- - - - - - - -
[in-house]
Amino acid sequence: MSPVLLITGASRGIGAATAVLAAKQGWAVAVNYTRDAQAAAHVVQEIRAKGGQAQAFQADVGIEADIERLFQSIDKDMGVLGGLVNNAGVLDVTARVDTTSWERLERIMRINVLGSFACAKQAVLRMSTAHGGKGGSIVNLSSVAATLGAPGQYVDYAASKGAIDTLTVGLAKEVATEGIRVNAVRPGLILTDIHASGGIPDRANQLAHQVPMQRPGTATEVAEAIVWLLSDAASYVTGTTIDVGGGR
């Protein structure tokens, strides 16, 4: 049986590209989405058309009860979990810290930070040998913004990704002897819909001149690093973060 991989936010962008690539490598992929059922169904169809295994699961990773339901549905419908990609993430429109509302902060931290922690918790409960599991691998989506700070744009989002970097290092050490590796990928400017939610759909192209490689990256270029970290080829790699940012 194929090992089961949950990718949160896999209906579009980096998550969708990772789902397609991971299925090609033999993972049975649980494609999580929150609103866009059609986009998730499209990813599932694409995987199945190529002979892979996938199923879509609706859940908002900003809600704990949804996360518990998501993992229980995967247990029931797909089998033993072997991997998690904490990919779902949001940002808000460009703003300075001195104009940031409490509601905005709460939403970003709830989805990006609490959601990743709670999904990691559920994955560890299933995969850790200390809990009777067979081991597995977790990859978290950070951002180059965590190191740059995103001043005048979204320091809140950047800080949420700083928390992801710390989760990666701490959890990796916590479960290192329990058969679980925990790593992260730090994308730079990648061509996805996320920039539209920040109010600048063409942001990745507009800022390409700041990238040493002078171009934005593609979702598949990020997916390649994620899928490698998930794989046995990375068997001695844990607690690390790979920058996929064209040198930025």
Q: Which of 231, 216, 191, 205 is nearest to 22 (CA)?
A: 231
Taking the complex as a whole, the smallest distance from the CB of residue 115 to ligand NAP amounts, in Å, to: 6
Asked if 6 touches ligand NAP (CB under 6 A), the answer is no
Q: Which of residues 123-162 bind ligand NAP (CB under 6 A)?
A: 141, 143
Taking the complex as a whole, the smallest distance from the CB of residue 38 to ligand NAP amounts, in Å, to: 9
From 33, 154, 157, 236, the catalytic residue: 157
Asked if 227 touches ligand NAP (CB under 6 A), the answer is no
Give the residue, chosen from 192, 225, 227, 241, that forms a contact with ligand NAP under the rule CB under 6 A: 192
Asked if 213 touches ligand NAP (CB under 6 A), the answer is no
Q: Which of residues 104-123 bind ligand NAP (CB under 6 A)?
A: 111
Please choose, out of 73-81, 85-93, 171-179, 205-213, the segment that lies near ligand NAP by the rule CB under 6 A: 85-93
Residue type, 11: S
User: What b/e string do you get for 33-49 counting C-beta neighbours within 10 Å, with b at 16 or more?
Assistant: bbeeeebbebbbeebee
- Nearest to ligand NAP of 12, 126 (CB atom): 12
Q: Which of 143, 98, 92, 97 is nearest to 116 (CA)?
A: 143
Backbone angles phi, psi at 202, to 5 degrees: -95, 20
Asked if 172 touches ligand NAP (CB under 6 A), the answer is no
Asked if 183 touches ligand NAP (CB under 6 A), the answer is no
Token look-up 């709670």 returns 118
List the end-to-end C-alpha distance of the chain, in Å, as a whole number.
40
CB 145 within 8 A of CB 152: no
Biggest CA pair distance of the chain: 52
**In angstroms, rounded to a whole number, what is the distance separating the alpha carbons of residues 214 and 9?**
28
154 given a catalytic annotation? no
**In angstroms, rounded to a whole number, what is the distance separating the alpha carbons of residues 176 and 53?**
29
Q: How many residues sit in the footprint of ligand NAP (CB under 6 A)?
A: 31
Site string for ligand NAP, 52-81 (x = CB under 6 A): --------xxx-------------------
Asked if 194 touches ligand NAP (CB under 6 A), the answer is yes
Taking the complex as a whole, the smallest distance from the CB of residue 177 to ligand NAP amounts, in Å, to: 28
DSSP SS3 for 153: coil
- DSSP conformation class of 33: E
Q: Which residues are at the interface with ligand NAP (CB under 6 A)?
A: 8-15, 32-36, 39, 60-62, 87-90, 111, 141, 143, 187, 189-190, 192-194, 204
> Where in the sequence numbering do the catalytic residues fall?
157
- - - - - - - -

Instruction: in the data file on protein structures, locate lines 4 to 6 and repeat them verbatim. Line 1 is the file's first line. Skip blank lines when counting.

Q: Which of 231, 216, 191, 205 is nearest to 22 (CA)?
A: 231
Taking the complex as a whole, the smallest distance from the CB of residue 115 to ligand NAP amounts, in Å, to: 6